Through our work with Homeboy Industries, we have noticed that gang classification through a database has farther-reaching consequences, beyond that of not being allowed to congregate in certain areas or being denied access to social services. Those on databases can be subject to higher criminal consequences when arrested, and even deportation. Currently, those with gang affiliations, even if only alleged, become an enforcement priority for Immigration and Customs Enforcement. ICE has gained access to these databases and uses the information to target and classify unknowing immigrants as gang members. The looming possibility of inclusion in a gang database leaves many juveniles and young adults afraid to apply for immigration relief.

For instance, Deferred Action for Childhood Arrivals (DACA), a form of relief that most prevalently helps juveniles, specifically asks about possible gang membership. Our client, Jacob, was a 16-year-old applying for DACA. He was never arrested or detained for gang activity and had no idea his name was in a database. Although the law requires juveniles and their guardians be notified once their names are listed in a gang database, Jacob never received such notice. Yet, just before filing his application for DACA it was revealed by a law enforcement source that his named appeared in a gang database. Besides the database, there was no other record of Jacob ever being a gang member, yet, for ICE placement in the CalGang database would be enough to subject him to removal.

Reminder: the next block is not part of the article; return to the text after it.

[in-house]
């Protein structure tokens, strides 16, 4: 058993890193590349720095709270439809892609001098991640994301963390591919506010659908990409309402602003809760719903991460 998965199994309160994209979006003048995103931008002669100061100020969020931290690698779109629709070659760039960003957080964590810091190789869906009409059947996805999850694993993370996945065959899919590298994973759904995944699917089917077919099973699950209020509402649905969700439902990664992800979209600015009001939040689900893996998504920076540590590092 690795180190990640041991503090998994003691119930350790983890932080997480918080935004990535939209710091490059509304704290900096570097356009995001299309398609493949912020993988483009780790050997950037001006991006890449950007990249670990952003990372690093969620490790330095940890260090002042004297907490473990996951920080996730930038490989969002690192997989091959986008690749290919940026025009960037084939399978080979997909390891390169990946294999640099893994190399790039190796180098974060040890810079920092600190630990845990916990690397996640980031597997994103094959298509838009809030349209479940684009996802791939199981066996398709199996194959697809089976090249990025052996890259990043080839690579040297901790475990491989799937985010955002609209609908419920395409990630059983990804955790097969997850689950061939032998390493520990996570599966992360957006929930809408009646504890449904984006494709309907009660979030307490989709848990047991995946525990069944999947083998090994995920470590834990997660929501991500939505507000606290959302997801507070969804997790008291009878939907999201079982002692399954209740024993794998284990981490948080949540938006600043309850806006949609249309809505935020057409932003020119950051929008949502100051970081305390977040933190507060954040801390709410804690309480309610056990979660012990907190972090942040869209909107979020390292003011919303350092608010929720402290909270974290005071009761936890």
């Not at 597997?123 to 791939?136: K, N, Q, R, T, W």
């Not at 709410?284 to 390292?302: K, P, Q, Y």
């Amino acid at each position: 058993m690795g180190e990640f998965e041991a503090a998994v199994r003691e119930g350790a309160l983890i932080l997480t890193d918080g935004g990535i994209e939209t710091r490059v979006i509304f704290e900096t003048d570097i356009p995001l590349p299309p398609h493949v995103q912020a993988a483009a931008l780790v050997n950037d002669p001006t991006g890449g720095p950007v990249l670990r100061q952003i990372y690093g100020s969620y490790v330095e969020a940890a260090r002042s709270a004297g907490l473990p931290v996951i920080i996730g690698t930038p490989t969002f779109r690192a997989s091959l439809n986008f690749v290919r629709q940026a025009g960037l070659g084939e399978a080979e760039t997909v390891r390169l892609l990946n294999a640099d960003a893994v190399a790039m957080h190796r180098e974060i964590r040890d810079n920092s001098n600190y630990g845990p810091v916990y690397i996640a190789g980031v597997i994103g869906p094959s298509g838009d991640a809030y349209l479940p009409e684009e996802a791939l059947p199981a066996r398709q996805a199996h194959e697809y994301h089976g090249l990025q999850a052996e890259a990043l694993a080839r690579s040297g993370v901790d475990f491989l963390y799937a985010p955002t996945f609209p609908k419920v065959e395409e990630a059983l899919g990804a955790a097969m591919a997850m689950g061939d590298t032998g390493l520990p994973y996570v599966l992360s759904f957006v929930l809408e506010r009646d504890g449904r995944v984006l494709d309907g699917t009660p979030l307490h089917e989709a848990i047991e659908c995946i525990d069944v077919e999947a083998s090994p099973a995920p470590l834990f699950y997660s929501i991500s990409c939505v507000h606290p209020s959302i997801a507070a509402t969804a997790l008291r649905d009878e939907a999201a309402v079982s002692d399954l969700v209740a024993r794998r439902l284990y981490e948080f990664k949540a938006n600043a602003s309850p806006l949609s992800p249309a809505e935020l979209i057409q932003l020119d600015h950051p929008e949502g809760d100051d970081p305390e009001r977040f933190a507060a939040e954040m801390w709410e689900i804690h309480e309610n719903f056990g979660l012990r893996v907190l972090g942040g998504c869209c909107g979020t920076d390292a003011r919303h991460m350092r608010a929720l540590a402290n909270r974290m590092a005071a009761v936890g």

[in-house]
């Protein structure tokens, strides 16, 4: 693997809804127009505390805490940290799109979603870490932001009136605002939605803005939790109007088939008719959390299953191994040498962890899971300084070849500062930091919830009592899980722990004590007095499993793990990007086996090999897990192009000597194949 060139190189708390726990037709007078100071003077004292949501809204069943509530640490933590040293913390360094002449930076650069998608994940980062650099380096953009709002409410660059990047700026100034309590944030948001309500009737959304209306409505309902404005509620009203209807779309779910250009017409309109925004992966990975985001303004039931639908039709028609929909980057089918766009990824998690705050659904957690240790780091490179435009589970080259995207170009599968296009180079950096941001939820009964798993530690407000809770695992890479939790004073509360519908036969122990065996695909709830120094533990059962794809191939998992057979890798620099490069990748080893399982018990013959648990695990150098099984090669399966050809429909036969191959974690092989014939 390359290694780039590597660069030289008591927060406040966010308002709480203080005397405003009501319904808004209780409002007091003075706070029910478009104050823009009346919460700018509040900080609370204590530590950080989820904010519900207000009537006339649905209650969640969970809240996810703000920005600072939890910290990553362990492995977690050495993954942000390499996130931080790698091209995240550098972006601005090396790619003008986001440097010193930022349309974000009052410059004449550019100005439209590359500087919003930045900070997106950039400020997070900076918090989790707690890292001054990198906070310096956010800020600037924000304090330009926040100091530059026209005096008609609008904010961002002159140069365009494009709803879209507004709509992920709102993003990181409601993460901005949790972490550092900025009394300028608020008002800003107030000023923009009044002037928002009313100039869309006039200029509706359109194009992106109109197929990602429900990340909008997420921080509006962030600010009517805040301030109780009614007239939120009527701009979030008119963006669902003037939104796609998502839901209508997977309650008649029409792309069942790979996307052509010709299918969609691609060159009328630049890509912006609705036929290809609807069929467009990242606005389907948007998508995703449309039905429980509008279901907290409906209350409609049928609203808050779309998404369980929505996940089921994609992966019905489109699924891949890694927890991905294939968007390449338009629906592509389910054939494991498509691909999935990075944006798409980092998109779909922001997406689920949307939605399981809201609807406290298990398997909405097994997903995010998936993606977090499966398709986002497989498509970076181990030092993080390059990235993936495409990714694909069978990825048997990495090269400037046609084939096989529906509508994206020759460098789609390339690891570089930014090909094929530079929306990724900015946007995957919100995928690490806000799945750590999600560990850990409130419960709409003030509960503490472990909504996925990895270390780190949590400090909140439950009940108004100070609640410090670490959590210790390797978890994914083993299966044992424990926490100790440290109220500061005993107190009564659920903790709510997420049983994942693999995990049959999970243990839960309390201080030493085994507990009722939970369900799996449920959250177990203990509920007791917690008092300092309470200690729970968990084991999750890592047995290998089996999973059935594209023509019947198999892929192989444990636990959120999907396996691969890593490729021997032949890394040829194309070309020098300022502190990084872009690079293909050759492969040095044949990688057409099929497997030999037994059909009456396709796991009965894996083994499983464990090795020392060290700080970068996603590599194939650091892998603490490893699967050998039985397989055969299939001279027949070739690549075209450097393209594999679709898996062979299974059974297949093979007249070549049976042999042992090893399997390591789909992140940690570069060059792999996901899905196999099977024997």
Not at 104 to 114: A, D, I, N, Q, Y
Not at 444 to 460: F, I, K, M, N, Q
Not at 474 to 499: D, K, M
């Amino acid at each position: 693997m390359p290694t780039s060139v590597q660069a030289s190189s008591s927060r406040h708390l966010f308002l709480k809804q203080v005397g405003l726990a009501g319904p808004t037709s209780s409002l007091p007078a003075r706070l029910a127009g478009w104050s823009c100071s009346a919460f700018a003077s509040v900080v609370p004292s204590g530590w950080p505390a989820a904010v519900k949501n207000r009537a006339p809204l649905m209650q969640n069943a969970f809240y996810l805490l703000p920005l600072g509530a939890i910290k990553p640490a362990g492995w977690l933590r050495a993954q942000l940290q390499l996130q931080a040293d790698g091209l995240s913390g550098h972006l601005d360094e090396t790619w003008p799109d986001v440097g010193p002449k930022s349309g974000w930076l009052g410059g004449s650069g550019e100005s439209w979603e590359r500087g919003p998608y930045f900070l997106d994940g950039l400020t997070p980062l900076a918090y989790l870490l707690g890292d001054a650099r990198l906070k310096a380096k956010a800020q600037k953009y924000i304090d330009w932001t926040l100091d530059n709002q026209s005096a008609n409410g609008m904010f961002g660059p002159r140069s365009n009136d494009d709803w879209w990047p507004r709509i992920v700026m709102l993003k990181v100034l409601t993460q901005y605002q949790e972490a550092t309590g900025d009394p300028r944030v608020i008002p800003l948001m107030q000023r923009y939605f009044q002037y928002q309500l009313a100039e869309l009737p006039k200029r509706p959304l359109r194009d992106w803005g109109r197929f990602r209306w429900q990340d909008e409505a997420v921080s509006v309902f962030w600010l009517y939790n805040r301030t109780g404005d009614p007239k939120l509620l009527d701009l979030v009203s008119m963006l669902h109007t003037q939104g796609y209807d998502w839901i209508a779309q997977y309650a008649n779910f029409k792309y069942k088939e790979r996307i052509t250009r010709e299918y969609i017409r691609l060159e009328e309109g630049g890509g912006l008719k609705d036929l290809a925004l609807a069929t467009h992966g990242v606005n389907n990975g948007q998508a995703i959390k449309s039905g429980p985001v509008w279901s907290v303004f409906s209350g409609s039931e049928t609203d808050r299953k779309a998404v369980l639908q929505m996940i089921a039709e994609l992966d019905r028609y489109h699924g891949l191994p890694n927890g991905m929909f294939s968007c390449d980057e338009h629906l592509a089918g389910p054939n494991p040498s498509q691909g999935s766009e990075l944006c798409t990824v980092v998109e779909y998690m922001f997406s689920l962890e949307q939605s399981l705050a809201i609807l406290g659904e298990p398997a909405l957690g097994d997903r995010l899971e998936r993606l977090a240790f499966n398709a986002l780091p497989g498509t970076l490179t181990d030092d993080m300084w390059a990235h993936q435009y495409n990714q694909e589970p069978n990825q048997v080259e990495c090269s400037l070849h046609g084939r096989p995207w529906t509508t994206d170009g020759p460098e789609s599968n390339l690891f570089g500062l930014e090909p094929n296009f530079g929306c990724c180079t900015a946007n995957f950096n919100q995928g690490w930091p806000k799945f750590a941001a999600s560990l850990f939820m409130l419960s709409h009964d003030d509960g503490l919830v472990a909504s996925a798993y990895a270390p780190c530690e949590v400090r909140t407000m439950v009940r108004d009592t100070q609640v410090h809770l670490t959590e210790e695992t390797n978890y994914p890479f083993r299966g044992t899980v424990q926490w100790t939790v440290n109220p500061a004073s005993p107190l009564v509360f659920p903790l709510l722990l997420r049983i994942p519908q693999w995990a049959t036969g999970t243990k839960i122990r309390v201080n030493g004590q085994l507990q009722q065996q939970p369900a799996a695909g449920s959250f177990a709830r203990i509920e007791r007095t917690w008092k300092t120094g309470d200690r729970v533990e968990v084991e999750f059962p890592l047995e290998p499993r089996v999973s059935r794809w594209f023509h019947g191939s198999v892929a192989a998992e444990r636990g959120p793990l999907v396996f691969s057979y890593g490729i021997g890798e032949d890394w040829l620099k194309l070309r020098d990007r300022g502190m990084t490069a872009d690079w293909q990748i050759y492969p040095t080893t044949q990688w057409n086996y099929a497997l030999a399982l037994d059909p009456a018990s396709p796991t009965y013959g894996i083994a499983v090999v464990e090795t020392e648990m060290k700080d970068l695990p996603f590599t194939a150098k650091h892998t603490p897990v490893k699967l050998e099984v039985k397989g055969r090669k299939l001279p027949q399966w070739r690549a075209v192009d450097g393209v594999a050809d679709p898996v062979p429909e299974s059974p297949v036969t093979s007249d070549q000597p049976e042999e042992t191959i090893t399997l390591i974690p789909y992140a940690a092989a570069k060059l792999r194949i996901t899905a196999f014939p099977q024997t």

Finding a solution: AB 2298

Currently, there is no indication that a process exists to review the accuracy of the database, to purge persons who are inadvertently included or who are no longer “active members.” Therefore, persons listed erroneously are left without recourse. Law enforcement refuses to make such information public citing that the database is meant to be used for intelligence and not enforcement purposes. We, even as attorney of record, only discovered Jacob’s inclusion on a gang database due to the willingness of an officer to bend the rules.

Since statistically most people in the CalGang database are between 20-24 years old, with the youngest member listed at 10, the consequences related to inclusion overwhelmingly fall on youth, who should not have to worry about being separated from their families. For the sake of minors like Jacob, and families like Jose’s, it is necessary for there to be transparency and implementation of a removal process from the CalGang database.

Currently, AB 2298, which is to be voted on this Friday by the Appropriations Committee of the California State Assembly, would extend required notice to adults, provide an opportunity to contest inclusion in a database and would require the State Department to provide annual reporting on gang databases. Though AB 2298 would likely not solve all the issues surrounding databases, it would at least afford people like Moises and Jacob the knowledge that information was collected against them and grant them the ability to defend themselves from false allegations that can lead to greater legal and social consequences. We hope AB 2298 passes in order to shine some light on what is currently a very dark process.